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You Can Buy A House In The Italian Countryside For Less Than £1

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You Can Buy A House In The Italian Countryside For Less Than £1

If you've ever looked at the Italian countryside and sighed, wondering when you'll ever be able to live out your fantasy of speaking with the locals in their native tongue and riding on a Vespa, wonder no more.

As outrageous as it sounds, you could have your own slice of Italy for less than Greggs sausage roll.

I know right, it's ridiculous, but it's true.

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As a ploy to bring more people to the area, the Mayor of Sambuca (yeah like the liquor that makes you want to throw up) in Sicily has slashed the price of houses in the area.

And that low, low price is €1 (80p).

Too many people have left the rural countryside in search of a busier life in the capital cities and the town could wither away if nothing is done to pump up the population.

Giuseppe Cacioppo, Sambuca's deputy mayor and tourist councillor has told CNN: "As opposed to other towns that have merely done this for propaganda, this city hall owns all €1 houses on sale.

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"We're not intermediaries who liaise between old and new owners. You want that house, you'll get it no time."

You could be calling this place home for less than £1. Credit: Creative Commons/Ennio Gurrera
You could be calling this place home for less than £1. Credit: Creative Commons/Ennio Gurrera

"Sambuca is known as the City of Splendor. This fertile patch of land is dubbed the Earthly Paradise.

"We're located inside a natural reserve, packed with history. Gorgeous beaches, woods and mountains surround us. It's silent and peaceful, an idyllic retreat for a detox stay."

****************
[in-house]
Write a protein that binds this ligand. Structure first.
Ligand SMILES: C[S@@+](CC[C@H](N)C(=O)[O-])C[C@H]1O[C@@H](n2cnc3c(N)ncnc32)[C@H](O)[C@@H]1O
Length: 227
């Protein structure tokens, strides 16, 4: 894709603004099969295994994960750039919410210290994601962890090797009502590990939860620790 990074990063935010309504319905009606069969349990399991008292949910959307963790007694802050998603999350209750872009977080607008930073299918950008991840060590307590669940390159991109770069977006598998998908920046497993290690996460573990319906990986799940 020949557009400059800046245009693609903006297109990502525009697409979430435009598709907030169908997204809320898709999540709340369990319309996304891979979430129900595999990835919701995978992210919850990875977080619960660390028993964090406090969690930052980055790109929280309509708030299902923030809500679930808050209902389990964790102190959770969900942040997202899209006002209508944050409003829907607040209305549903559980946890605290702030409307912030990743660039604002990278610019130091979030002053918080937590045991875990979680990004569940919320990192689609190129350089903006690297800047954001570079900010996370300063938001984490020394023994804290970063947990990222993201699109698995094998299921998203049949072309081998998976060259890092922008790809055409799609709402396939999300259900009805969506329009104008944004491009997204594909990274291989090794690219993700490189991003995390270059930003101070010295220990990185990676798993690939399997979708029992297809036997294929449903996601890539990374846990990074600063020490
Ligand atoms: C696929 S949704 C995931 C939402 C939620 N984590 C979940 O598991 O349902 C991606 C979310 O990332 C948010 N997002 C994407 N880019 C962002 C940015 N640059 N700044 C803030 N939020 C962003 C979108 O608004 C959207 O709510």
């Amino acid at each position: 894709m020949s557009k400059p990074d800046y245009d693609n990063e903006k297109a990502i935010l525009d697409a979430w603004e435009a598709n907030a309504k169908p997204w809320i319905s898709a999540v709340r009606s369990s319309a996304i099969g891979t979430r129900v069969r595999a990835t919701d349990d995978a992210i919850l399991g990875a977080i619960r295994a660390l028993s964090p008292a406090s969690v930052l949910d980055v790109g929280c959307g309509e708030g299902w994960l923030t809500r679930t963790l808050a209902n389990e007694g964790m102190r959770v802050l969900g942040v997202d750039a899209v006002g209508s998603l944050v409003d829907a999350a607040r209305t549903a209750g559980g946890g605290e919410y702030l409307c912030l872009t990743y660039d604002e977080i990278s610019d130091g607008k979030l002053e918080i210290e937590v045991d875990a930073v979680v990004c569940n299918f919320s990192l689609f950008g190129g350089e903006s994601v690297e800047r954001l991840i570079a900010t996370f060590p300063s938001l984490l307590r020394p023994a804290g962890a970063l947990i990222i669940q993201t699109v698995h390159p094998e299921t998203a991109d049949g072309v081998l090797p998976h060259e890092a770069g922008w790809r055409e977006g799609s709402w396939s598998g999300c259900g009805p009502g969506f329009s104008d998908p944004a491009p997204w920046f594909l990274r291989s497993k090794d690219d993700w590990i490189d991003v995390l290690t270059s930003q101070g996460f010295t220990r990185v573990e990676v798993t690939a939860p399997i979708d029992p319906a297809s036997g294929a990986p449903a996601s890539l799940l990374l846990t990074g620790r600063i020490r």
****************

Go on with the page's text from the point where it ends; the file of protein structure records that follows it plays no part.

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Now, you're probably wondering where the catch is and, I'll be honest, there is one.

In order to acquire one of the homes you have to spruce it up within three years, with the minimum spend allowable being €15,000 (£13,200). You'll have to cough up a €5,000 (£4,400) security deposit, which you get back once the refurbishment is completed.

Still, that's not too bad considering you get your own home in Italy.

It's similar to a marketing drive done by another Italian town, Candela, Puglia, which wanted to pay people to stay there.

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You could be walking the alleyways and speaking Italian in no time. Credit: PA
You could be walking the alleyways and speaking Italian in no time. Credit: PA

It's not one of those things where you had to be an expert in a niche line of work, either, nor did you have to sell your soul to get there. It's just because the town's population was decreasing.

The Metro reported the highest amount you could be paid is €2,000 (£1,801), but that's only if you took four or five people to live with you.

If you go alone or in a couple you'd get €800 (£714) or €1,200 (£1,071) respectively, whereas if you're in a trio you could get between €1,500 (£1,339) and €1,800 (£1,607) .

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Obviously you couldn't just show up there, blag you'll get a house and then bugger off. You would have to legitimately rent a house and have a job with a salary of at least €7,500 (£6,634) a year.

Featured Image Credit: Creative Commons/Mboesch

Topics: Interesting, Community, House, Italy

Stewart Perrie
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